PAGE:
α: Deceived Deceivers
24th March – 7th May, 2017
kim? Contemporary Art Centre, Riga
Sophie is facing you from the exhibition space. She is created to follow a predetermined sequence of instructions – to tell stories. Hiding behind the rhythmic repetition is her lack of experience. Hiding behind the rhythmic repetition is her impassivity. Hiding behind the rhythmic repetition, these stories are no longer so wholly strange, but not one’s own either. Her name suggests unlimited knowledge trapped in her incomplete stature, its Greek origin – beauty of her body and mind. Maybe Sophie is just a primitive automaton – the uncovered mechanisms underneath the shell of the face seemingly attest to this. But she is also something more – a servant of her creator, the star of the show, and at night, when the lights are turned off, just a frozen decoration on the gallery wall.
Sophie is the antithesis of her creator’s weakness – she is incapable of error, embarrassment and mistakes. She’s not just a whim confined in a cardboard box and safely stored in a shelf upon the closing of the exhibition. She is an ancillary device or maybe an assistant, which accompanies Ieva Kraule from one exhibition to the next and in which one might sense something magical, as only her presence makes the impossible possible by transforming the artist’s stories into performances.
There is a widespread opinion that the world of the written word can be characterized by its ability to create unusual meanings and emotions, a new kind of relationship between sound and meaning, words and sound, one word and the next… until emotions also appear in situations where they have no clear meaning and justification. From this point of view, Sophie’s misleading knowledge is particularly attractive because, although it is based on the machine having been taught speech, a feeling prevails that during the exhibition visit you might experience a shift of the scenario, some unplanned actions – that Sophie might tell you something that is not meant for the public, a secret of her own or her creator’s. A tempting offer, provided that the audience’s attention is limited and that it is increasingly difficult to follow (along) a long narrative, as – after all we have been accustomed to drama and events with rapid action.
Confirming Sophie’s desire to be among people, her contours are not robotic. Her appearance borrows little from science fiction, from a state of completion and polishing, but much more – from robust crafts, with similarities to ethnographic exhibits or even mystic objects of religious worship. Although functionally limited, Sophie tries to mingle among people, by hiding, and then revealing herself; her facial features are approximated to a person’s, just like the skin tone, bravely balancing between a healthy pink and frail yellow all the way to black.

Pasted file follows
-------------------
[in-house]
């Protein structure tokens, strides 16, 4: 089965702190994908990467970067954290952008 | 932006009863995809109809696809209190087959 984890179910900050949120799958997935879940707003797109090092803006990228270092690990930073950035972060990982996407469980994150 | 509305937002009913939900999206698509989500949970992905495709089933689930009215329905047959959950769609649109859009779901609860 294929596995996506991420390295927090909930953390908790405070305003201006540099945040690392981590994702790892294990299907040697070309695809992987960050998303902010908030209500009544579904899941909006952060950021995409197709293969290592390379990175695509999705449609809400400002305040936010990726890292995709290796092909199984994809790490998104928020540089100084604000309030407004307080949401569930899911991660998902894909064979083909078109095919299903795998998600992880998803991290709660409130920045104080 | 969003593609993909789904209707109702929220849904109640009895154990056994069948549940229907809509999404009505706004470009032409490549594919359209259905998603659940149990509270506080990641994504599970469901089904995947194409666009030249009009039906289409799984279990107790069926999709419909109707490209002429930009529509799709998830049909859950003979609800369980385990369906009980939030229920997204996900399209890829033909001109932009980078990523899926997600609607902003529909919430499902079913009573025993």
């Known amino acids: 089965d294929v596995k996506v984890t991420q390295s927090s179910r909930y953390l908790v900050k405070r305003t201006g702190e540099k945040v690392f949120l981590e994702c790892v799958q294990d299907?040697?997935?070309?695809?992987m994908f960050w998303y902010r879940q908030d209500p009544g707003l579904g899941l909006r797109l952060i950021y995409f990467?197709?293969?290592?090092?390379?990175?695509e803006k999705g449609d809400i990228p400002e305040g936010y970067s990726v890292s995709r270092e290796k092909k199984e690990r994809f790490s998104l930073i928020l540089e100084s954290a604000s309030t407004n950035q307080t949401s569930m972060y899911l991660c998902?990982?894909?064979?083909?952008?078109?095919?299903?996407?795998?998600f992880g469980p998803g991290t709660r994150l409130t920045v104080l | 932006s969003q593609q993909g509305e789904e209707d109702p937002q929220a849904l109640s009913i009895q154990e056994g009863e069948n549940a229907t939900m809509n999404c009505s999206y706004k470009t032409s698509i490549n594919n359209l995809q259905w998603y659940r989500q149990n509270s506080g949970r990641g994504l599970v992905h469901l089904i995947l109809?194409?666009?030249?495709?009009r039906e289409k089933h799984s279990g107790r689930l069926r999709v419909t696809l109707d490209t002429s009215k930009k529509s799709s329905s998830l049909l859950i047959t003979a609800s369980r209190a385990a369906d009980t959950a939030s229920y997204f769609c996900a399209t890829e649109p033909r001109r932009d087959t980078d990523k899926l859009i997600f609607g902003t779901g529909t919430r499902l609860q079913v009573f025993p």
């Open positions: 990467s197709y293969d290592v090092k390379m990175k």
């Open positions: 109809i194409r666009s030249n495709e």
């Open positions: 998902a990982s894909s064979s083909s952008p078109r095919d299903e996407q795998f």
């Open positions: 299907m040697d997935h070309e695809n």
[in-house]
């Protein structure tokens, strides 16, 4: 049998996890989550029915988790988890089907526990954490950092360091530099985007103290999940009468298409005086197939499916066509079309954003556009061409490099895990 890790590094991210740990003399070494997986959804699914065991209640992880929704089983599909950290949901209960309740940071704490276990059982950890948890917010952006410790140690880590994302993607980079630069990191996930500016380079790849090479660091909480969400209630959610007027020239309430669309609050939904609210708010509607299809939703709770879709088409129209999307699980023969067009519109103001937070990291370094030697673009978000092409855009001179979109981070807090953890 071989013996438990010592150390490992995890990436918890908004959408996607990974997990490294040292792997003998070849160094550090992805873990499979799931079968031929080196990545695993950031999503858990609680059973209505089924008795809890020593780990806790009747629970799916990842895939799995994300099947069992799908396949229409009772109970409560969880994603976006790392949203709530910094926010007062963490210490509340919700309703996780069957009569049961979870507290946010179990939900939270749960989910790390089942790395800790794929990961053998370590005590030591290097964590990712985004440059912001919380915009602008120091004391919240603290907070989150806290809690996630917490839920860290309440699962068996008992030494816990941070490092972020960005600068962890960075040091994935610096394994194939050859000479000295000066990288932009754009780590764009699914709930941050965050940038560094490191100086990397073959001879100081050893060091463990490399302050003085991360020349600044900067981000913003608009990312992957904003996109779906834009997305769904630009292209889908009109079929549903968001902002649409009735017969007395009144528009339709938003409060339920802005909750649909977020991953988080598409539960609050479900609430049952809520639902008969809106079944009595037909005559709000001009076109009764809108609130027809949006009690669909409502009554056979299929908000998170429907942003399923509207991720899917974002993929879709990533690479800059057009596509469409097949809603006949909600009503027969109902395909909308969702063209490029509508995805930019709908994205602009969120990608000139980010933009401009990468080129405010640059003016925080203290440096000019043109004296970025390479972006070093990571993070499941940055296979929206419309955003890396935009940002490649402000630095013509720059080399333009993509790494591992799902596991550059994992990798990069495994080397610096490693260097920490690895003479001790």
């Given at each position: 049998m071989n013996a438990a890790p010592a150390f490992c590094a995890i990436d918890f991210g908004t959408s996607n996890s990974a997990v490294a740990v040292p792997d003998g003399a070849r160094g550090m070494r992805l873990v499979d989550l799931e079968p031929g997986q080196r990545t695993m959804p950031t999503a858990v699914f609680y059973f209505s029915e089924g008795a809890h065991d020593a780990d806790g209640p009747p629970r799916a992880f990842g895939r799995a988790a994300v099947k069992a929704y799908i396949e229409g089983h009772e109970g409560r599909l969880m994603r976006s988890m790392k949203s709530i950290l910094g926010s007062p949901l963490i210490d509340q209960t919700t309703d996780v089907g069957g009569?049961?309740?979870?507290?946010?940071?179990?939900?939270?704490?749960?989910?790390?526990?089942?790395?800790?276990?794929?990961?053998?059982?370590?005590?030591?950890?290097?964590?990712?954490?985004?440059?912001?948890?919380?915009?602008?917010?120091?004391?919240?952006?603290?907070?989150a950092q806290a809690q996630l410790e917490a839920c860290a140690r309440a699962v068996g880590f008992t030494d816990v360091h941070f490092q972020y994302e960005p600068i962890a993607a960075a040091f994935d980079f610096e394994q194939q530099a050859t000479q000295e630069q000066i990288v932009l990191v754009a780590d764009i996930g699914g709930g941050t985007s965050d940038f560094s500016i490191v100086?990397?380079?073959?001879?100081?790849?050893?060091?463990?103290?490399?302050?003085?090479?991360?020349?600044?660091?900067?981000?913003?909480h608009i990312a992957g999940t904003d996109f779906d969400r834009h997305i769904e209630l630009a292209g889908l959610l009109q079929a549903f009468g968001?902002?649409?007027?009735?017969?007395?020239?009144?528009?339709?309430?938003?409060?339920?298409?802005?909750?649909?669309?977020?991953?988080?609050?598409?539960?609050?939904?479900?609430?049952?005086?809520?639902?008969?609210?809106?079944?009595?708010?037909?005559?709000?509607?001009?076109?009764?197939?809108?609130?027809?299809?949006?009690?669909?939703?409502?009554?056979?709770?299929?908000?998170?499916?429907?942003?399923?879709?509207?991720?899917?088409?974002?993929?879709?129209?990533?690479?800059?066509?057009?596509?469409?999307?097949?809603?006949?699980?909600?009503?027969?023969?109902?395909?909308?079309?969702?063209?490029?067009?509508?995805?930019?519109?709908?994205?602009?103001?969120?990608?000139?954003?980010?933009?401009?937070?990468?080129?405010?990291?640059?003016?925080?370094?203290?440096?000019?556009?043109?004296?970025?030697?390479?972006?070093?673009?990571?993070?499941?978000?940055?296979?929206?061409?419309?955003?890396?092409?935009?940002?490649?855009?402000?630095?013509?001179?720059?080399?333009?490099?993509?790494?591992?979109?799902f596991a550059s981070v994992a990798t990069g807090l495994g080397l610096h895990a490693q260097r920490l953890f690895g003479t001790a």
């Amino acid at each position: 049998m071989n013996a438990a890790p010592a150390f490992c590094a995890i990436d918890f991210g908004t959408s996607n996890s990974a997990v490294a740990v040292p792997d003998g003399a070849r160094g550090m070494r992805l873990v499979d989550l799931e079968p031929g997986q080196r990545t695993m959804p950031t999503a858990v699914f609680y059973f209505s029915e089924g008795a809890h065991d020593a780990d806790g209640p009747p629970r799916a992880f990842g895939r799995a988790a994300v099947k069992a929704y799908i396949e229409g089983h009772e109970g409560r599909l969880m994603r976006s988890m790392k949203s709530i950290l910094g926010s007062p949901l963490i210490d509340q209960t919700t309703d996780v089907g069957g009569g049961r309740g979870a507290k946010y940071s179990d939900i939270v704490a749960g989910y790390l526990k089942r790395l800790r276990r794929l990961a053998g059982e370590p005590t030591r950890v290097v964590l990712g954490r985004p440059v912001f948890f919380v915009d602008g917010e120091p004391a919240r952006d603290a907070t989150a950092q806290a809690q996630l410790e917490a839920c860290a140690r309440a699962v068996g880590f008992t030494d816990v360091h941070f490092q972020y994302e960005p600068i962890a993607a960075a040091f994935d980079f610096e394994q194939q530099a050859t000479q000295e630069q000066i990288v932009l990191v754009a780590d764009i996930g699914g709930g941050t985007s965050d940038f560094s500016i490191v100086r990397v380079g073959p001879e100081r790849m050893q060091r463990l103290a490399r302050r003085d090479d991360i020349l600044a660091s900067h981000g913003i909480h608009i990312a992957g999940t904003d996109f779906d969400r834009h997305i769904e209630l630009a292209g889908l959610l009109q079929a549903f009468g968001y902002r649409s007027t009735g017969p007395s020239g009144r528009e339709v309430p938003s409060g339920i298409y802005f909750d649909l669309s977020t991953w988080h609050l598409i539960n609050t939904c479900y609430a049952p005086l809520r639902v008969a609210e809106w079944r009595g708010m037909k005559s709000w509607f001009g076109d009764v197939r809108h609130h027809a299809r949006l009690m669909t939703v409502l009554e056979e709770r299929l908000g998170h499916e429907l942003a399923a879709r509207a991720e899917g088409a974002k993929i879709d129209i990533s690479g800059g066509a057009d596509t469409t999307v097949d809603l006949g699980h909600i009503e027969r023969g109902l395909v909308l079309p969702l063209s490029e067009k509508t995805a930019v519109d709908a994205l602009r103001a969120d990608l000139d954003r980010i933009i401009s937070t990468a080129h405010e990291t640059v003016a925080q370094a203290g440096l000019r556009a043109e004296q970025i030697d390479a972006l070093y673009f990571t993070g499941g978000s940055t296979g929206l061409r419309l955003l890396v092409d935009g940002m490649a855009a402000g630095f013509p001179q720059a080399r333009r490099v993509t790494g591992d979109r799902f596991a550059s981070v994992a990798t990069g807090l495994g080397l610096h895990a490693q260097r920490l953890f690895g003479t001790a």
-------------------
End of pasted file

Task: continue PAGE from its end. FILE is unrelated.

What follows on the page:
Sophie is not alone in the exhibition space, the accomplices of her stories are multiple sculptural objects, among them, a number of dysfunctional replicas of Sophie are dispersed around the room – casts of her facial mask in various tones; further on – abstract language visualizations – coloured rod frames, moulded together, they deceive you, apparently recalling letters, although in reality they don’t match any alphabet; and – differently speckled shaded latex sheets, wrapped around the walls / ceiling / metal rods, serve as camouflage for Sophie.
The existence of this language, even if it is just an illusion, confirms the intermediate position between the corporeal and linguistic regularly noticeable in Kraule’s work, which brings together both the existence and the denial of something. No need to worry, if Sophie is talking and suddenly she opens her mouth but seems to have lost her voice. Over time, Sophie will change, and soon enough she will have her own stories and questions. But now, she is still concerned with what it means to be a machine, and how through it human nature can be revealed; through conversation with her you uncover what it means to be human.
… and in the corner of the room a latex cast of a svilpavnieks (a bird-shaped bird whistle) has rushed in – as symbolic contribution of an act of breathing spirit (speech) into the framework of mute and tentative shapes.
Ieva Kraule (b. 1987 in Riga, based in Amsterdam). She is currently finishing her MA degree at the Sandberg Institute in Amsterdam with previous education in audio-visual media, painting and ceramics. Practicing different techniques and methods of work has made her practice diverse both in form and content with regular references in history, applied arts and architecture of the Soviet era. Since 2014 she is co-running a non-commercial gallery 427 in Riga.
Among recent solo shows are: The person you are trying to reach is not available (with Aidan Koch) at Hester, New York; and Qu’est-ce que ça peut faire tout ça (with Kaspars Groshevs) at Shanaynay, Paris. Her work has been included in group shows at 1857, Oslo; HIAP, Helsinki; XII Baltic Triennial Contemporary Art Center, Vilnius; Art in General, New York; and kim? Contemporary Art Centre, Riga. She is the winner of kim? Residency Award 2017 granted with three months (April-June, 2017) residency at Gasworks, London.
Photography: Ansis Starks